There’s No Point In Talking About ‘Development For All’ If These Concerns Are Ignored

Posted on March 22, 2016

By Ekam Singh:

An artisan paints folk art at a handicraft fair in the eastern Indian city of Kolkata February 28, 2008. REUTERS/Parth Sanyal (INDIA) - RTR1XOX9
Image credit: Reuters/Parth Sanyal.

I come from a non-science and non-technical background. When I think sustainable growth or development, what comes to mind instantly is the fact that for anything to grow sustainably, it needs to have an extremely solid foundation. At the cost of sounding overly simplistic, I would like to draw attention to the fact that we can discuss strategies for development and inclusion and sustainability but these would only be workable once we are sure that the basic structure of this nation lies on solid ground or, in other words, has the potential to support developmental and progress related initiatives.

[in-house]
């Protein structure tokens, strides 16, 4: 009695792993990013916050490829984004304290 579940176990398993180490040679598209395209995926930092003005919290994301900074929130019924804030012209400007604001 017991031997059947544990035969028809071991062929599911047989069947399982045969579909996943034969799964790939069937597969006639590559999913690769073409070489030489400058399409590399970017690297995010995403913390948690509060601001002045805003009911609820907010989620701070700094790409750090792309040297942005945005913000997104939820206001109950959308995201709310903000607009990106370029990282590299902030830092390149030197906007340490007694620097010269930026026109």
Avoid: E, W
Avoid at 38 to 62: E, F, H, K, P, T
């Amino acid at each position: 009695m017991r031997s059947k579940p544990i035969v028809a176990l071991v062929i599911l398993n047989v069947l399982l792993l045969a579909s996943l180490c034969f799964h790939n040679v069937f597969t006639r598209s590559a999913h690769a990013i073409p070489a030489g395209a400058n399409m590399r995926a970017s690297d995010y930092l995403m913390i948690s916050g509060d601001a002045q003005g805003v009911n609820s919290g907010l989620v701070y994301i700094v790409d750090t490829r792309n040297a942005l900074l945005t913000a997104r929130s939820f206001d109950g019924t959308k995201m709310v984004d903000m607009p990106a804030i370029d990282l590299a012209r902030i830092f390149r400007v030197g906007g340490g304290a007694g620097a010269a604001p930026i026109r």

There are numerous scientifically supported techniques, designs and even quick fixes that are helping and may continue to work for specific areas of work in particular regions. Compressed Natural Gas to operate auto-rickshaws, attaching motors to bicycles or carts to make them faster and more efficient and the like are all examples of creative thinking and frugal ways of operation. However, in my essay, I would like to emphasise those ideas that, in my opinion, may be rather long drawn out methods but will ultimately help to put India on the path from which we can see concrete growth and long-term benefits for the nation as a whole.

When I emphasise on the nation ‘as a whole’, I am conscious of the fact that India is a nation that is home to a multitude of religious, cultural and economic identities. It is understandable that a policy that may work for a certain one of these identities may not work for another. Also, owing to our variety of geographical landforms and related variations, policies need to be designed keeping in view the requirements and nature of the set of people that they target. Therefore, in this essay, I shall discuss some broad suggestions that I believe can be implemented uniformly throughout the nation without posing contradictions to the specific needs of the different parts of the country.